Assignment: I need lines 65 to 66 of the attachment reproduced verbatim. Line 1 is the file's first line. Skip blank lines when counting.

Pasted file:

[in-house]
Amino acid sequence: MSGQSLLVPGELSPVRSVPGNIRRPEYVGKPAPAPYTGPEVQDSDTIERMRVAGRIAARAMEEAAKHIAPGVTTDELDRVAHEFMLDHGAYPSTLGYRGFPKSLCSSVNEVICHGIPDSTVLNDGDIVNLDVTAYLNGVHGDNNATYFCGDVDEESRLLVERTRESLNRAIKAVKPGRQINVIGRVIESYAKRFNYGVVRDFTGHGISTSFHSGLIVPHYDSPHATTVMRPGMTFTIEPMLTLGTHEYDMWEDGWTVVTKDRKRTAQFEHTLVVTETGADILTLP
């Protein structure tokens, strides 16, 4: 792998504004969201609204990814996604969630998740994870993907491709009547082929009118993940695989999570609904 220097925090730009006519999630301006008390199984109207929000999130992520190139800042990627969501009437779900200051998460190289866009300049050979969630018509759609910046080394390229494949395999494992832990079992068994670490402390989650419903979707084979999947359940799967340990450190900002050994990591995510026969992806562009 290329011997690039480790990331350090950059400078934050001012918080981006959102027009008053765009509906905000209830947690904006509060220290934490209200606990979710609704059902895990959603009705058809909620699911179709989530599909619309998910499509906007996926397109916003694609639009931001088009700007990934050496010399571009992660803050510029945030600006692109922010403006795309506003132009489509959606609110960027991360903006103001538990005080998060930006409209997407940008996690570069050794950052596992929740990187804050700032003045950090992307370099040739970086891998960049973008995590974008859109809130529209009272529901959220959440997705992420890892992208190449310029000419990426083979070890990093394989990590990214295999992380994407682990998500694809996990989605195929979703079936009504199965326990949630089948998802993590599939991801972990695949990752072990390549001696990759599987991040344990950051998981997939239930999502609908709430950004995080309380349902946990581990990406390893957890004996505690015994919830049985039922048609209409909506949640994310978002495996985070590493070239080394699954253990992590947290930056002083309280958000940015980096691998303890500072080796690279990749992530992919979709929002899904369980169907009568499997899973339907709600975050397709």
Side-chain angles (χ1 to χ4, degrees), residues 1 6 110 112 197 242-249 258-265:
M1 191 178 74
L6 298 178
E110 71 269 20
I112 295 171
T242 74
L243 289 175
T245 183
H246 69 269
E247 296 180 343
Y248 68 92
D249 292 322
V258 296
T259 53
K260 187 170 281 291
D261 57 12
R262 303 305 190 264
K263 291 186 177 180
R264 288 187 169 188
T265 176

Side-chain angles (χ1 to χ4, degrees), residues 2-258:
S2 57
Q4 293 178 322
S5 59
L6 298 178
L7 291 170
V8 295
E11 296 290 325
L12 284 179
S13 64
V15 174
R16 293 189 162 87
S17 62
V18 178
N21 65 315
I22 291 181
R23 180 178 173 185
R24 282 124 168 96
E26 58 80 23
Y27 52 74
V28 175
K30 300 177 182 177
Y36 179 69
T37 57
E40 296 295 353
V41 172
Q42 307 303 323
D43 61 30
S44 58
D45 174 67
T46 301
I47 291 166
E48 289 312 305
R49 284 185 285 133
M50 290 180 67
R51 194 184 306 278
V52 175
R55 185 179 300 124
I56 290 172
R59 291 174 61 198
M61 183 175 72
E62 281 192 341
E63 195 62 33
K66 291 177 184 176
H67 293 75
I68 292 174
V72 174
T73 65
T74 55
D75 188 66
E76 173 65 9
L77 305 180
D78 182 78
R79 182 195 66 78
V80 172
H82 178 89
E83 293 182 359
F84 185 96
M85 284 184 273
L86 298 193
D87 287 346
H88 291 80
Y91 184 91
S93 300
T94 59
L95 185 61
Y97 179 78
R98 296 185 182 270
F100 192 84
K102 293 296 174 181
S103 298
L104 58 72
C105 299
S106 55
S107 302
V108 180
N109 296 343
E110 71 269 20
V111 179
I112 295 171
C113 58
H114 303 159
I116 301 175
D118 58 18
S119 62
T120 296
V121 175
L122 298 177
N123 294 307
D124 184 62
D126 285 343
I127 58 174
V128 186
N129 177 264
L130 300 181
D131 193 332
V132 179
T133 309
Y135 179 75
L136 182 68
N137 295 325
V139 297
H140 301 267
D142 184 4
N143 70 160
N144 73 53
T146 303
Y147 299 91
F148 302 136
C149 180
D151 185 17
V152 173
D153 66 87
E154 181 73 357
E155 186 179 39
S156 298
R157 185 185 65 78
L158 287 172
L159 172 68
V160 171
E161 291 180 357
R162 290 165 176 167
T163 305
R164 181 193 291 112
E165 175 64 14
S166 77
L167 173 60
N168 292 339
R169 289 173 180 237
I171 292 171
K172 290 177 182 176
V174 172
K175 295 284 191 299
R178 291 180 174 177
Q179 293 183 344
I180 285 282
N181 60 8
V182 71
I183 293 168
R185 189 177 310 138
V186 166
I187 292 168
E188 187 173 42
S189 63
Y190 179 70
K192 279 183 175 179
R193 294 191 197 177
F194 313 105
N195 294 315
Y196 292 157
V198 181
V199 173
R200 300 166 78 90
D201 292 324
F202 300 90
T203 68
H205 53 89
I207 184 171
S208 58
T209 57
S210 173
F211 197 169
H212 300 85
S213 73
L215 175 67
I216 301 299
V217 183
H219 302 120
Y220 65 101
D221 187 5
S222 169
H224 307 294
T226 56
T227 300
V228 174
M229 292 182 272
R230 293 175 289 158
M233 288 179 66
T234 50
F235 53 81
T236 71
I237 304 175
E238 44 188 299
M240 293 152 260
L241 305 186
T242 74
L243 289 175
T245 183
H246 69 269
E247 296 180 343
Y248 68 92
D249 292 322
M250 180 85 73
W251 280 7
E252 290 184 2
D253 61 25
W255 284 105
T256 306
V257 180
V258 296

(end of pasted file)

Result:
E62 281 192 341
E63 195 62 33